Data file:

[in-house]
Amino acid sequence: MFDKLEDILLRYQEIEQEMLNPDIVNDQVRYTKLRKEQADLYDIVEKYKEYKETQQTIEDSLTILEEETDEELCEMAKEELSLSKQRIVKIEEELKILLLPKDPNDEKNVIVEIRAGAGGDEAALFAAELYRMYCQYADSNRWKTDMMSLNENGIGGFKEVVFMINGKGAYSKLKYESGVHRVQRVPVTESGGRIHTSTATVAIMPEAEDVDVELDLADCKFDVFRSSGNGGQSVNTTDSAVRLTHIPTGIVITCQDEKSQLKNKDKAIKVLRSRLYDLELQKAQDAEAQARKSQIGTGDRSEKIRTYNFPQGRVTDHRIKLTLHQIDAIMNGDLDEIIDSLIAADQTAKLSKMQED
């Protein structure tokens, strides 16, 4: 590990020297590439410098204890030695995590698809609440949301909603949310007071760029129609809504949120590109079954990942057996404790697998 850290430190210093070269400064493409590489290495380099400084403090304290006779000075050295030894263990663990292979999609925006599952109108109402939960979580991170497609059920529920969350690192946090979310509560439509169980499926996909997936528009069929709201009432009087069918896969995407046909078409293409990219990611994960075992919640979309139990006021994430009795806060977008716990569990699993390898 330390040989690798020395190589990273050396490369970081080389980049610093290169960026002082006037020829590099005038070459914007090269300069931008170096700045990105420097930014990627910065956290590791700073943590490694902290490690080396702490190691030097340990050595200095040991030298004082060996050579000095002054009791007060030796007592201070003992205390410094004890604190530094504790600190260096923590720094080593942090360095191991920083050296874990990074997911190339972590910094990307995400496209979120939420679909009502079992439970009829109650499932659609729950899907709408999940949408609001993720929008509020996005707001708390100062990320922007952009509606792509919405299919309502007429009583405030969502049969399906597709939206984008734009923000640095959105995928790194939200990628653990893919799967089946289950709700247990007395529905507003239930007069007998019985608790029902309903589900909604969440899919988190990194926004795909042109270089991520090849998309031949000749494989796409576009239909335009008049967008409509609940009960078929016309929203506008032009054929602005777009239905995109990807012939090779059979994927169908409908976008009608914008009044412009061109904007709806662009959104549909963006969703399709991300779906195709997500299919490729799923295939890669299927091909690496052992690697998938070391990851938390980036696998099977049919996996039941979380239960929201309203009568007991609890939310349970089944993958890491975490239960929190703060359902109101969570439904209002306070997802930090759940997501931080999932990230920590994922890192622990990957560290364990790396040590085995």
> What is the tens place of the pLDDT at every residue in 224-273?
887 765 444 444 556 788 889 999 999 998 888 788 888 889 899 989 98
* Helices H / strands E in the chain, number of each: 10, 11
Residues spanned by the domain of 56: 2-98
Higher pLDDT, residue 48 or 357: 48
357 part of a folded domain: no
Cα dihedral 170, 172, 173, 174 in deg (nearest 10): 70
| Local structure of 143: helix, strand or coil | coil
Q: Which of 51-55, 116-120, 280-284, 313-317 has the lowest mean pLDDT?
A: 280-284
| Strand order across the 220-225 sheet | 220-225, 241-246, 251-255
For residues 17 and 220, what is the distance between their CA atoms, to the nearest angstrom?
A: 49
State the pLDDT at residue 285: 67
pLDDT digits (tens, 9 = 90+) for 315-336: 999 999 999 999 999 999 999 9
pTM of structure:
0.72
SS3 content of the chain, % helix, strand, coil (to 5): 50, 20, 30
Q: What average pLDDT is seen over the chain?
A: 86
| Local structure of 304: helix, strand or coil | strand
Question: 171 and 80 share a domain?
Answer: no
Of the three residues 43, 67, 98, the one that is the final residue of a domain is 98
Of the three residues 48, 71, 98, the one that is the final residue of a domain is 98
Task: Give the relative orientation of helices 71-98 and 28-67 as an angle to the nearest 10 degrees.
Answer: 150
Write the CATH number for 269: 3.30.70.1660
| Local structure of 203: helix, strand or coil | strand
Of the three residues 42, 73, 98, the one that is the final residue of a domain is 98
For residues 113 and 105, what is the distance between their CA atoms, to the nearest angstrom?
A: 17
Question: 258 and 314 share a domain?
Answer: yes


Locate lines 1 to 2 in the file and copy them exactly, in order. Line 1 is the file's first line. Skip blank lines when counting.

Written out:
[in-house]
Amino acid sequence: MFDKLEDILLRYQEIEQEMLNPDIVNDQVRYTKLRKEQADLYDIVEKYKEYKETQQTIEDSLTILEEETDEELCEMAKEELSLSKQRIVKIEEELKILLLPKDPNDEKNVIVEIRAGAGGDEAALFAAELYRMYCQYADSNRWKTDMMSLNENGIGGFKEVVFMINGKGAYSKLKYESGVHRVQRVPVTESGGRIHTSTATVAIMPEAEDVDVELDLADCKFDVFRSSGNGGQSVNTTDSAVRLTHIPTGIVITCQDEKSQLKNKDKAIKVLRSRLYDLELQKAQDAEAQARKSQIGTGDRSEKIRTYNFPQGRVTDHRIKLTLHQIDAIMNGDLDEIIDSLIAADQTAKLSKMQED